© 2017-2019 by Zack Smith. All rights reserved.
Object-oriented programming (OOP) became a dominant paradigm a few decades ago. People think of C++, Java and Objective-C as prominent examples of object-oriented languages. It is easy to assume that OOP requires such an OOP language. This is not the case. OOP is just a paradigm. It is not strictly necessary to use an object-oriented programming language to do object-oriented programming. You can do OOP for instance in C but you can even do it in assembly language. (See my article on Object-Oriented C programming.)
The ideal approach to object-oriented x86 assembly programming
A simple technique for implementing an object and its class in assembly is to have two chunk of RAM for:
- A class
struc, which holds method pointers.
- An object
struc, which holds the instance variables (ivars), and a pointer to a class
structto get access to method pointers.
Because you're coding in assembly, which makes you write out every memory access as another instruction, it is best to have one class struc per class which does not point to a superclass struc, lest accessing method pointers become tedious. Thus each class struct should include all methods' pointers i.e. those of the class you're writing plus all superclass methods.
Likewise, each object struc should have superclass instance variables followed by ivars for subclasses including the class you're writing, so that if you call a superclass method, its idea of where its ivars are matches the layout of your object struc.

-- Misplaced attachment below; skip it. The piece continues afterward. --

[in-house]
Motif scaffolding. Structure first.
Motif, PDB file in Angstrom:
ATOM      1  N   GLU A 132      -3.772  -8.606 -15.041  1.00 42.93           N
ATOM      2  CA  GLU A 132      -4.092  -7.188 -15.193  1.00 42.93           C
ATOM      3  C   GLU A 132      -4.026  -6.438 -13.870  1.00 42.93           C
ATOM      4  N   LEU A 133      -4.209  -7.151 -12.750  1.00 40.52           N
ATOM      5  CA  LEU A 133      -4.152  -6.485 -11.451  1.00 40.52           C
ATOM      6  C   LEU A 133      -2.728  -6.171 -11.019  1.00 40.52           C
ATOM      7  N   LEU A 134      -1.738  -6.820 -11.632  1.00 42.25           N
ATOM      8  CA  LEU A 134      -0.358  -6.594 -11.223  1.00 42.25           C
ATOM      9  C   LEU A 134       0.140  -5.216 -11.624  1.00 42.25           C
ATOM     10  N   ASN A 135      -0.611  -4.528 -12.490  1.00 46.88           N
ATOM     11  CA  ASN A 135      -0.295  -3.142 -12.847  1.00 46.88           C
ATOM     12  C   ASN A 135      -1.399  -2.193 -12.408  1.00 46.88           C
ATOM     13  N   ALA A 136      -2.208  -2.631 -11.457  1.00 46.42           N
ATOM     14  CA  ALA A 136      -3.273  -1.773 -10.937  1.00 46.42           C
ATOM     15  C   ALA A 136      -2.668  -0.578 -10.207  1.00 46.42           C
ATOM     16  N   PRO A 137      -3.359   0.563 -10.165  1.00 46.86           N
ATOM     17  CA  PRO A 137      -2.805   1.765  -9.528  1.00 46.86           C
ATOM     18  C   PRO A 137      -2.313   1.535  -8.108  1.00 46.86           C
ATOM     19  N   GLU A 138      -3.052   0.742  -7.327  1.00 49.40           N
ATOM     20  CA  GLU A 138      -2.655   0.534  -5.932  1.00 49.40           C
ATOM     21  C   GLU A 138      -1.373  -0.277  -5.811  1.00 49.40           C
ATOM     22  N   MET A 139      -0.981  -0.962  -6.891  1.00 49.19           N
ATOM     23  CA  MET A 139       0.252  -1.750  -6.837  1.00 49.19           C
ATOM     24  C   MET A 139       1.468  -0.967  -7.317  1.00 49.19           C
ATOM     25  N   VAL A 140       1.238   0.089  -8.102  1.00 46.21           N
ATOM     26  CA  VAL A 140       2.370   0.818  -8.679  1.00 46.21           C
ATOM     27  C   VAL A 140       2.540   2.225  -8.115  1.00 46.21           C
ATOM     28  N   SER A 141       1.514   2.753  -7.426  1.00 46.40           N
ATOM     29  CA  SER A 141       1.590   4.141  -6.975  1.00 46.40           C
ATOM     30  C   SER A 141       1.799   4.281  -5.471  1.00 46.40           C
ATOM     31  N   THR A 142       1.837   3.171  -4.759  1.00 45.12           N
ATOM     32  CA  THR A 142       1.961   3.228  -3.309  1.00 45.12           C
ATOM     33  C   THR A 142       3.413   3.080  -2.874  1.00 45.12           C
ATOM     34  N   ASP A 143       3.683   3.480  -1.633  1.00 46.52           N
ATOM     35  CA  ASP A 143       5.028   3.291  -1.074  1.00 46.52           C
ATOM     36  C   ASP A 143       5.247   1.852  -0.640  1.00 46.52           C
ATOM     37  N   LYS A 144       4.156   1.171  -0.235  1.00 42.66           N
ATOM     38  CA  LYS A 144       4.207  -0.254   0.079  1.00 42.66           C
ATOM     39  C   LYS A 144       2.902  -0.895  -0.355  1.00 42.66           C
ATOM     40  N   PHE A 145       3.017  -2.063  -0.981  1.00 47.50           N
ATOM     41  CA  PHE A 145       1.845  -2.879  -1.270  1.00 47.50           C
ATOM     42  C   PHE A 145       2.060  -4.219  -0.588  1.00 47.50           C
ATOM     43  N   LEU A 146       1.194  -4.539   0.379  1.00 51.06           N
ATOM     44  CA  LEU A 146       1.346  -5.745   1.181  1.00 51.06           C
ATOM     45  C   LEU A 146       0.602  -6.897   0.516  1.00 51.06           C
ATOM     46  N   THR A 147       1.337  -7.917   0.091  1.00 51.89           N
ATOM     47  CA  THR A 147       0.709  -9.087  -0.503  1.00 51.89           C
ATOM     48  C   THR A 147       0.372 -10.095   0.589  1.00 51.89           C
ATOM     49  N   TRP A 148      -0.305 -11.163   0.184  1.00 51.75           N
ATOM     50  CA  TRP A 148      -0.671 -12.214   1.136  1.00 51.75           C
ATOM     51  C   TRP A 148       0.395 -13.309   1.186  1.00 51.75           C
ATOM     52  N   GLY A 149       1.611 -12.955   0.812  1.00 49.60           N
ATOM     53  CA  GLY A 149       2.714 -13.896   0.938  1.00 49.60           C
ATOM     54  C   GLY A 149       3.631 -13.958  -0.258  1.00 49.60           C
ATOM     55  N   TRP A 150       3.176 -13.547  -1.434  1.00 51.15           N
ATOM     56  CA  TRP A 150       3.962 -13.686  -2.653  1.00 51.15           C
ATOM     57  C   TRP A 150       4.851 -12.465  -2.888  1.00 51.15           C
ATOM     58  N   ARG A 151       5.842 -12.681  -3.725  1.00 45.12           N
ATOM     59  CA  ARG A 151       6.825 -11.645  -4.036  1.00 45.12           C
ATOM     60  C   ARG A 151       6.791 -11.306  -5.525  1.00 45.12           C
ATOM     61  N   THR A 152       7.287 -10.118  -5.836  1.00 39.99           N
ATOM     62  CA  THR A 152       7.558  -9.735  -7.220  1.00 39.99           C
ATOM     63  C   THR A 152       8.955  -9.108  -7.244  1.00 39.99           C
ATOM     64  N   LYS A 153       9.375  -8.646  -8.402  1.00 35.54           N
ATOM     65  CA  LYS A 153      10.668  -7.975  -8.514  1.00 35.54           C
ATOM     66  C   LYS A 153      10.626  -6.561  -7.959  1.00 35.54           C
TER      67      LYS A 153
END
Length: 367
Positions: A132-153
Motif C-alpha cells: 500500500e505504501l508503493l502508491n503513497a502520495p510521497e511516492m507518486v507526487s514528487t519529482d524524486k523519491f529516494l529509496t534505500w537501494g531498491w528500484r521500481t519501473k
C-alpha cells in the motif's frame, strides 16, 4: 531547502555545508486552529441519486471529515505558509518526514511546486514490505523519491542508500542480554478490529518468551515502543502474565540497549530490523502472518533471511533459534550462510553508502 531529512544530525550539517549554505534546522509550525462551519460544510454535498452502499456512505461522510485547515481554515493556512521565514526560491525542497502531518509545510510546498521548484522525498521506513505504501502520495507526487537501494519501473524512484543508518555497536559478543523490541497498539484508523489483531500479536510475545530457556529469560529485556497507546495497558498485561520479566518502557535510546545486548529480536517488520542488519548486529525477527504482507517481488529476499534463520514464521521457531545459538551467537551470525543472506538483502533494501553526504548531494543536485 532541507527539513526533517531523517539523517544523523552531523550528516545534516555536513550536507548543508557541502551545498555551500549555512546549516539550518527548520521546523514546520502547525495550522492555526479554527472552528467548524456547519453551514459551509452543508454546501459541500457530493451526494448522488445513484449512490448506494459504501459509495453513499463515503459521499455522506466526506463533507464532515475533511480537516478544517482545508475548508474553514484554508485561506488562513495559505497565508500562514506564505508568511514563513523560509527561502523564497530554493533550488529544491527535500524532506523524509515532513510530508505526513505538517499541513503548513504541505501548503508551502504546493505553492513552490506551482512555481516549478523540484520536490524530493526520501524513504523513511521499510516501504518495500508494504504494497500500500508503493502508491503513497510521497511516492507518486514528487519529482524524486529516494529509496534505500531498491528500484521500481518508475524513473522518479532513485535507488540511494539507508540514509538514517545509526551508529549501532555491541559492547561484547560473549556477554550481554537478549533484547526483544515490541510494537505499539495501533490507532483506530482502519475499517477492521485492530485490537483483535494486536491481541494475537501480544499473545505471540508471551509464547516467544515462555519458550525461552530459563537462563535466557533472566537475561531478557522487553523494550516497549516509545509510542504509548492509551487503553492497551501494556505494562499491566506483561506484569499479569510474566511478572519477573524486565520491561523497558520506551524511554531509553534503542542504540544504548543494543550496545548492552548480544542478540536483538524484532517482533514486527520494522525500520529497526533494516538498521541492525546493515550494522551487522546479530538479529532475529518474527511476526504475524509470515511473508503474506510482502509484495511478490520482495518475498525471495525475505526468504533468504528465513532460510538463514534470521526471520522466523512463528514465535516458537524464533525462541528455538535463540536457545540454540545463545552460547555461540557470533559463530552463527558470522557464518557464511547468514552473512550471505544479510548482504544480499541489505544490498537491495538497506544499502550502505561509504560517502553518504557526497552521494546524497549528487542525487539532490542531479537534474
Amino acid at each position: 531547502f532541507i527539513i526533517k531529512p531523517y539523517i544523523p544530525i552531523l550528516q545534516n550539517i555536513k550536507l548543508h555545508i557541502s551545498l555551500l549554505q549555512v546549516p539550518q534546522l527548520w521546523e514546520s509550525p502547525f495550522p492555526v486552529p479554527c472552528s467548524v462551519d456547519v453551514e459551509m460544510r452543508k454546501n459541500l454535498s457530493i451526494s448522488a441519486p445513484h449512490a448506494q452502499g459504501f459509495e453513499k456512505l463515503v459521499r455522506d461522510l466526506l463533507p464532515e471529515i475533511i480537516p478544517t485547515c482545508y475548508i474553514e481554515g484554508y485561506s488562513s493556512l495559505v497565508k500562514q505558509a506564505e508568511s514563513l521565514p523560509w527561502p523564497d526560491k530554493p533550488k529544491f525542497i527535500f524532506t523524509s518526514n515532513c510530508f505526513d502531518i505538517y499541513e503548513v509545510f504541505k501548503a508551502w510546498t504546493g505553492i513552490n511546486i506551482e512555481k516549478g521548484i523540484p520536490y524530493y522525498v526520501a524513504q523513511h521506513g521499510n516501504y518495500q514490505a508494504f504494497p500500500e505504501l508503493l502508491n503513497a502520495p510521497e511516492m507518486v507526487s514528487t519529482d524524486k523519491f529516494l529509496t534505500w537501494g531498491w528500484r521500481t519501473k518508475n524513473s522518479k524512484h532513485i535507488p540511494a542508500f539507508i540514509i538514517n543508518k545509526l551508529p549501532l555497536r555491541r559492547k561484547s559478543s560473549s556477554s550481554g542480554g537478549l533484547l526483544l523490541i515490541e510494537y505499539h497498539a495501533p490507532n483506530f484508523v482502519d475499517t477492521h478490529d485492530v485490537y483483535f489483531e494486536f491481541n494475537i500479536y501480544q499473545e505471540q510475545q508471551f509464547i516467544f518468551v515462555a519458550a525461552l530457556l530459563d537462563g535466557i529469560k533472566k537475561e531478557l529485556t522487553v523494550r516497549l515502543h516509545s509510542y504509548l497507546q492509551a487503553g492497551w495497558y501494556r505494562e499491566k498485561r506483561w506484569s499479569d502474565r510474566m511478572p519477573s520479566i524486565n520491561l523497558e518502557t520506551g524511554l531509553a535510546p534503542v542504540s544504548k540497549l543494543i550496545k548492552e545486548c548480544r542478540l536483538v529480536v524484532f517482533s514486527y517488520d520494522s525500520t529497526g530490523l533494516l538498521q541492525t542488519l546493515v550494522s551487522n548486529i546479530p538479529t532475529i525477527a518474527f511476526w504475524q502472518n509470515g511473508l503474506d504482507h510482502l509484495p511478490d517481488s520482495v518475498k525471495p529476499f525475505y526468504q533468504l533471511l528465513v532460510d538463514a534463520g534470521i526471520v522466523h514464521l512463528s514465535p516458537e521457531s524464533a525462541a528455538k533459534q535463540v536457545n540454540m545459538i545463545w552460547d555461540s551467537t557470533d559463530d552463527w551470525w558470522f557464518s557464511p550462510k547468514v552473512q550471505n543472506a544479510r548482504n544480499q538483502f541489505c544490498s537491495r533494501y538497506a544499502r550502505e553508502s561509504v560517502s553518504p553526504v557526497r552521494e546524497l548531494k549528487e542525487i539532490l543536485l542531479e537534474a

Here's an example of a class struct with two superclasses:
- inherits from String
- inherits from Object
The initialization of the class struc calls the superclasses' initializers first, in order.
If any superclass method is to be overridden by a subclass, that subclass's init method must overwrite the superclass method pointer for it to point to its own variant, as I do in OOC.
Each object has to have a memory layout that is compatible with parent and derived classes. Here is an example:
Ease of programming
Assembly language is inherently more difficult and error-prone than coding in a high-level language.
The NASM assembler can make OOP difficult because struc layouts cannot be inherited (same as C).
Calculating indices of ivars and methods is tedious but could be made simpler with macros, in theory.
Object strucs must be carefully laid out so that superclass methods can work on subclass objects.
However if you want to produce the absolute fastest possible object-oriented code, this may be the only way.
While OOA is an interesting curiosity, it does tie you to a particular architecture.
A wiser approach is to use Object-Oriented C (OOC), which achieves the speed of C++ without the need for a 1000-page book to explain the language.
In my variant of OOC, which I use in my bandwidth benchmark, the slightly syntax resembles that of Objective-C.